Take the 2-minute tour ×
Stack Overflow is a question and answer site for professional and enthusiast programmers. It's 100% free, no registration required.

I am doing some work with .Net 4, MVC 3 and jQuery v1.5

I have a JSON object that can change depending on which page is calling it. I'd like to pass the object to a controller.

{ id: 1, title: "Some text", category: "test" }

I understand that if I create a custom model such as

public class myObject
    public int id { get; set; }
    public string title { get; set; }
    public string category { get; set; }

and use this in my controller such as

public void DoSomething(myObject data)
    // do something

and pass the object using jQuery's .ajax method like this:

    type: "POST", 
    url: "/controller/method", 
    dataType: "json", 
    traditional: true

This works fine, my JSON object is mapped to my C# object. What I'd like to do is pass through a JSON object that's likely to change. When it changes I don't want to have to add items to my C# model each time the JSON object changes.

Is this actually possible? I tried mapping objects to a Dictionary but the value of data would just end up being null.


share|improve this question

4 Answers 4

up vote 9 down vote accepted

Presumably the action that accepts input is only used for this particular purpose so you could just use the FormCollection object and then all your json properties of your object will be added to the string collection.

    public JsonResult JsonAction(FormCollection collection) {
        string id = collection["id"];

        return this.Json(null);
share|improve this answer
Brilliant, such a simple yet effect answer. Thanks –  Gareth Hastings Feb 17 '11 at 9:54
This solution becomes pretty messy if the object passed back has child objects. –  Chris Moschini Jan 6 '13 at 23:54
@ChrisMoschini What would you do in the event the object has child objects? –  user1477388 Jun 11 '13 at 17:20
@user1477388 The wrapped dynamic approach: stackoverflow.com/a/17050505/176877 –  Chris Moschini Jun 11 '13 at 17:49

You can submit JSON and parse it as dynamic if you use a wrapper like so:


var data = // Build an object, or null, or whatever you're sending back to the server here
var wrapper = { d: data }; // Wrap the object to work around MVC ModelBinder

C#, InputModel:

/// <summary>
/// The JsonDynamicValueProvider supports dynamic for all properties but not the
/// root InputModel.
/// Work around this with a dummy wrapper we can reuse across methods.
/// </summary>
public class JsonDynamicWrapper
    /// <summary>
    /// Dynamic json obj will be in d.
    /// Send to server like:
    /// { d: data }
    /// </summary>
    public dynamic d { get; set; }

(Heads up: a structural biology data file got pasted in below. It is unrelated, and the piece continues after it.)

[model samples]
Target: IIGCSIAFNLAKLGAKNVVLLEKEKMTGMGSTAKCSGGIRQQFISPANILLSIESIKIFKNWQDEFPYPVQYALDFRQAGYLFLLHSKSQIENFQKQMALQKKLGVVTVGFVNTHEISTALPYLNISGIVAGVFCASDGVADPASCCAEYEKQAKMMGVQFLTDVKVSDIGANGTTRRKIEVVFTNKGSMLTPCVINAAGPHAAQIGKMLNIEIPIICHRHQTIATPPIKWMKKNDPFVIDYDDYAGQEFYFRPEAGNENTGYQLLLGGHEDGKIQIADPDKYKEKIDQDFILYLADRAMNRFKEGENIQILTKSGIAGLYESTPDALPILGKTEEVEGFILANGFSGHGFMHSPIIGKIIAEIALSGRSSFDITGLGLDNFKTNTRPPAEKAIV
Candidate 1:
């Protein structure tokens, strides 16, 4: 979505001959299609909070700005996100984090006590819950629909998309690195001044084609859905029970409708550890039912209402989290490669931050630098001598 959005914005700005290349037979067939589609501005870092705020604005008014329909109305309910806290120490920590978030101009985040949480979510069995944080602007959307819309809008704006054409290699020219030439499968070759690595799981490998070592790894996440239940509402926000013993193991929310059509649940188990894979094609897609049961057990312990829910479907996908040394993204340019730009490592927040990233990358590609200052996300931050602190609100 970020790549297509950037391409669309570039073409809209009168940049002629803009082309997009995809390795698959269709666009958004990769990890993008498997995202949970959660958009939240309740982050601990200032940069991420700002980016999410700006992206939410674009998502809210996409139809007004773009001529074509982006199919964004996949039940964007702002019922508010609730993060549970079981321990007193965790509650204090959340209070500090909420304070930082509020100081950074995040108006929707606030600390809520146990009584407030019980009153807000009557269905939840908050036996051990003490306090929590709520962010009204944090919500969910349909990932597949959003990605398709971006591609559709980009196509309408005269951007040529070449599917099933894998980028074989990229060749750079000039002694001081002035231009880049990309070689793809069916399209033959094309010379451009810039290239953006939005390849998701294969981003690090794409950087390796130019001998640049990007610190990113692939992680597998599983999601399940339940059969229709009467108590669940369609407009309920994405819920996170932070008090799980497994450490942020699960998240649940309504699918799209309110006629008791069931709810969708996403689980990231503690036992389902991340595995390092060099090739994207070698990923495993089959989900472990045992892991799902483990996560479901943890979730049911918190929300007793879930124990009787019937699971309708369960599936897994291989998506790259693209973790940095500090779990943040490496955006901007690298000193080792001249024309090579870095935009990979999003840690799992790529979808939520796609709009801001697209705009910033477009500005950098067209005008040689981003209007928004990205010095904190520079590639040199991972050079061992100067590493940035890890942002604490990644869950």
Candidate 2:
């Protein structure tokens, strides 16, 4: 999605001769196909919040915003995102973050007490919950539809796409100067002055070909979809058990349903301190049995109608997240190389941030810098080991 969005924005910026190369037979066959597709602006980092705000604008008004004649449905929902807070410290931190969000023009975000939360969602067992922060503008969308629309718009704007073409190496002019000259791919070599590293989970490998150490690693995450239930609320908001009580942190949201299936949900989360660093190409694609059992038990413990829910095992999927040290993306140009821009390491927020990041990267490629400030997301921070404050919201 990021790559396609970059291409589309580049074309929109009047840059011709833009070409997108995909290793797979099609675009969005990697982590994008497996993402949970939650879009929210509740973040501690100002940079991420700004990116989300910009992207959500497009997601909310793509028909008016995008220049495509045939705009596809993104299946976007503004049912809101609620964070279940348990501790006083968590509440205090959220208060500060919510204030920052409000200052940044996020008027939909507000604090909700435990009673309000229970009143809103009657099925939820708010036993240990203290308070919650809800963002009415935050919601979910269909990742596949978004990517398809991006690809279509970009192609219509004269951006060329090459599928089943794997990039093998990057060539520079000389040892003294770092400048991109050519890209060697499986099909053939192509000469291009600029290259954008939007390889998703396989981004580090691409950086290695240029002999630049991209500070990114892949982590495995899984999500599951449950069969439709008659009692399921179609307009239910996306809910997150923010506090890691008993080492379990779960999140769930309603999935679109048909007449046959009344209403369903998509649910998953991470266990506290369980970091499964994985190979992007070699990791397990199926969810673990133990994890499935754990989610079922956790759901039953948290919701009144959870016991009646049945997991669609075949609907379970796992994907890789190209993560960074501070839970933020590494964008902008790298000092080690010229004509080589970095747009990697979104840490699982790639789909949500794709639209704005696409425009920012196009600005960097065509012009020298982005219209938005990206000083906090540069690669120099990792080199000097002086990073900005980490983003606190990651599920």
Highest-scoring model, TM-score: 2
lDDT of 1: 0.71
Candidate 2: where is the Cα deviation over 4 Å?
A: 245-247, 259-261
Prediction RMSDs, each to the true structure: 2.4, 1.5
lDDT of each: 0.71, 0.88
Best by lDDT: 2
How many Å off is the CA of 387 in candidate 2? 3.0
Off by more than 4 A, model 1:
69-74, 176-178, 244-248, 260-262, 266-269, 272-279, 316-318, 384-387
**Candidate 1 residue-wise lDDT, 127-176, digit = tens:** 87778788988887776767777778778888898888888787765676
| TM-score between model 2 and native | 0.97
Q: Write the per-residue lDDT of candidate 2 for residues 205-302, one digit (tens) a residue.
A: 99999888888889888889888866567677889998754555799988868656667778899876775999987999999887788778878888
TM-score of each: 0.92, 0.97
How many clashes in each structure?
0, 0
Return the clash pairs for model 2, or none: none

C#, Controller action:

public JsonResult Edit(JsonDynamicWrapper json)
    dynamic data = json.d; // Get the actual data out of the object

    // Do something with it

    return Json(null);

Annoying to add the wrapper on the JS side, but simple and clean if you can get past it.


You must also switch over to Json.Net as the default JSON parser in order for this to work; in MVC4 for whatever reason they've replaced nearly everything with Json.Net except Controller serialization and deserialization.

It's not very difficult - follow this article: http://www.dalsoft.co.uk/blog/index.php/2012/01/10/asp-net-mvc-3-improved-jsonvalueproviderfactory-using-json-net/

share|improve this answer
Excellent, if this works that is perfect. Don't need to use JSON.Net if this will work. Thanks. –  user1477388 Jun 11 '13 at 17:51
I love this answer. –  Pogrindis Jun 13 '14 at 16:13

Using a custom ModelBinder, you could receive a JsonValue as an action parameter. This would basically give you a dynamically typed JSON object that can be created on the client with whatever shape you wish. This technique is outlined in this blog post.

share|improve this answer
Thanks for your post, the blog post you linked was very interesting to read and would have also covered my issue. I marked the other answer though as it was nice and simple. –  Gareth Hastings Feb 17 '11 at 9:55
Thanks for the followup. I totally agree BTW. =) –  Ray Vernagus Feb 17 '11 at 12:33
This is a pretty good solution, but it doesn't play nice with the rest of the binding framework so it ends up typing things you'd expect to be ints or strings as dynamic because of how it works. Excellent otherwise. –  Chris Moschini Jan 7 '13 at 10:12

Another solution is to use a dynamic type in your model. I've written a blog post about how to bind to dynamic types using a ValueProviderFactory http://www.dalsoft.co.uk/blog/index.php/2012/01/10/asp-net-mvc-3-improved-jsonvalueproviderfactory-using-json-net/

share|improve this answer
This solution works cleanly if you create a dummy class to act as a wrapper object around your dynamic ViewModel you're passing back, with a single dynamic property for the actual data being sent to the server. The argument for the Controller needs to be an actual class, but since any of its children can be dynamic, you can workaround this limitation with the dummy wrapper. –  Chris Moschini Jan 7 '13 at 10:18

Your Answer


By posting your answer, you agree to the privacy policy and terms of service.

Not the answer you're looking for? Browse other questions tagged or ask your own question.